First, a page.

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Canada Canada's foreign affairs minister heads to Washington amid trade feud with Trump

13:08  13 june  2018
13:08  13 june  2018 Source:   cbc.ca

Chrystia Freeland On Canada Being A Threat To The U.S.: 'Seriously?'

  Chrystia Freeland On Canada Being A Threat To The U.S.: 'Seriously?' Foreign Affairs Minister Chrystia Freeland had a blunt response to the notion that Canada could be considered a national security threat to the United States. "Seriously?"Freeland was speaking to CNN's Dana Bash on the network's "State of the Union" Sunday about the White House's recent decision to slap Canada, as well as Mexico and the European Union, with a 25 per cent tariff on steel and a 10 per cent tariff on aluminum.

Canada ' s foreign affairs minister may attract a bigger crowd than she's used to during her two-day trip to Washington . Today marks the first visit by a high-profile minister to the United States since President Donald Trump launched his blistering attacks against Prime Minister Justin Trudeau and

Canada ' s foreign affairs minister is in Washington once again to push the country's anti-tariff, pro-NAFTA message. It is the first visit by a high-profile cabinet member since the trade feud with the United States erupted.

Chrystia Freeland posing for the camera: Foreign Affairs Minister Chrystia Freeland returns to Washington today, to make Canada's anti-tariff pro-NAFTA pitch to U.S. lawmakers.© Henry Romero/Reuters Foreign Affairs Minister Chrystia Freeland returns to Washington today, to make Canada's anti-tariff pro-NAFTA pitch to U.S. lawmakers.

Canada's foreign affairs minister may attract a bigger crowd than she's used to during her two-day trip to Washington.

Today marks the first visit by a high-profile minister to the United States since President Donald Trump launched his blistering attacks against Prime Minister Justin Trudeau and Canadians at large.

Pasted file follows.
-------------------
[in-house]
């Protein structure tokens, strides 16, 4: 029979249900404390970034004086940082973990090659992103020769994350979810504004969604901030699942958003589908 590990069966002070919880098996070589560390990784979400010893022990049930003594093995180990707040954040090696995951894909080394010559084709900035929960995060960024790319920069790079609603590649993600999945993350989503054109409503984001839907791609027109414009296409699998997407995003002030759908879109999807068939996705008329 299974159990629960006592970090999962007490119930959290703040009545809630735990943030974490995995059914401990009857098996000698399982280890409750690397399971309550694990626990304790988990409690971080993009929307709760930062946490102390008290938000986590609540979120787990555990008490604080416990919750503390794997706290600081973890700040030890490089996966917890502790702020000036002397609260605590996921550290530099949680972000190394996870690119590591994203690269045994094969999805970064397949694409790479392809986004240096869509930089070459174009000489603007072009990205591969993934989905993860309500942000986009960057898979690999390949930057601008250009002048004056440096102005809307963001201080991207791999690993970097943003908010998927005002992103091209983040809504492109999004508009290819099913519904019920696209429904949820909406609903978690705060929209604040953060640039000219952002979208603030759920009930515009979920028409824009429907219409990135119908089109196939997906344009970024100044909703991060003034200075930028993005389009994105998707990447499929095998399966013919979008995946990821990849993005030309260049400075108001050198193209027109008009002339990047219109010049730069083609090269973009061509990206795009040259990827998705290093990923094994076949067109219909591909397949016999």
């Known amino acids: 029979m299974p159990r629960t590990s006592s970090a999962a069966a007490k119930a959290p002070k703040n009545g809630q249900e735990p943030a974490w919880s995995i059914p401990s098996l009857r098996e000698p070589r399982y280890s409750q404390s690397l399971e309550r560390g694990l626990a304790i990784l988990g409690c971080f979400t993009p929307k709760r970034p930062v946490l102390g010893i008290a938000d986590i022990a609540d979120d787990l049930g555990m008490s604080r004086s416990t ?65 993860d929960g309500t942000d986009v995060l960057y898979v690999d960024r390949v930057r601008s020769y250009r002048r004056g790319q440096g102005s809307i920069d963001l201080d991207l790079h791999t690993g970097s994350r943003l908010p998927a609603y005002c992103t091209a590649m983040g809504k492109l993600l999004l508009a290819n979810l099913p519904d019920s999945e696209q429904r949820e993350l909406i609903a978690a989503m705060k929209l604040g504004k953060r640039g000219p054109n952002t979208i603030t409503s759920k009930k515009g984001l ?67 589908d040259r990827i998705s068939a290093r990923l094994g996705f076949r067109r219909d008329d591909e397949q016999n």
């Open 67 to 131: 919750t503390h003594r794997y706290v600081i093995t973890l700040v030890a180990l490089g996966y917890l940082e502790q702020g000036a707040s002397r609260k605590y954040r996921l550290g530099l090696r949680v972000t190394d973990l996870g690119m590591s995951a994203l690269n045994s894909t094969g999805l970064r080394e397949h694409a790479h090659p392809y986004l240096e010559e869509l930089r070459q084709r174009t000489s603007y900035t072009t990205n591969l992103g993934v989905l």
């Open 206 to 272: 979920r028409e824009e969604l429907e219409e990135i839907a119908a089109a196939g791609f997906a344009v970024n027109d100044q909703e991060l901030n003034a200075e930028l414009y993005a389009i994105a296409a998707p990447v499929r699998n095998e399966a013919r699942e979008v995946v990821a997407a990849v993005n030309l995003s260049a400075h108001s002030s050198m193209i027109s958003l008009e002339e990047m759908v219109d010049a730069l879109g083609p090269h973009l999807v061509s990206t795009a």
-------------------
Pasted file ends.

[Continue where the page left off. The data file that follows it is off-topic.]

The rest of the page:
Chrystia Freeland has a series of meetings with U.S. lawmakers, but she's hoping to make waves with a speech she will deliver at an awards gala tonight.

NAFTA talks a priority for Premier-designate Doug Ford

  NAFTA talks a priority for Premier-designate Doug Ford Premier-designate Doug Ford is indicating that NAFTA will be a key priority for his incoming Progressive Conservative government.Ford, whose party defeated Premier Kathleen Wynne’s Liberals in last Thursday’s election, underscored that keeping trade flowing with the United States is critical to Ontario’s economy.The Tory leader will meet Wednesday morning at Queen’s Park with industry officials to discuss Canada’s continuing North American Free Trade Agreement negotiations with President Donald Trump’s administration.On Thursday afternoon, Foreign Affairs Minister Chrystia Freeland and Canada’s ambassador to the U.S.

Canada ' s foreign affairs minister is heading to Washington to once again push the country's anti-tariff, pro-NAFTA message. It is the first visit by a high-profile cabinet member since the trade feud with the United States erupted.

QUEBEC CITY — President Trump feuded with Canadian Prime Minister Justin Trudeau and threatened to impose penalties on foreign automobile imports Saturday

Freeland has been named Diplomat of the Year by Foreign Policy magazine, and she will give an acceptance speech in front of ambassadors, journalists and likely some lawmakers.

Sources are billing the event as a followup to the speech she delivered in the House of Commons last year, where she declared Canada would step up on the international stage, as the U.S. abandons its traditional position and turns inward.

While she is not expected to lash out at the Trump administration on American soil, she will be promoting Canada's support for multilateralism, and its opposition to the tariffs recently imposed by the U.S.

Justin Trudeau in a suit and tie: Canada's Prime Minister Justin Trudeau, right, meets with U.S. President Donald Trump at the G7 leaders summit in La Malbaie, Que., on Friday.© Justin Tang/Canadian Press Canada's Prime Minister Justin Trudeau, right, meets with U.S. President Donald Trump at the G7 leaders summit in La Malbaie, Que., on Friday.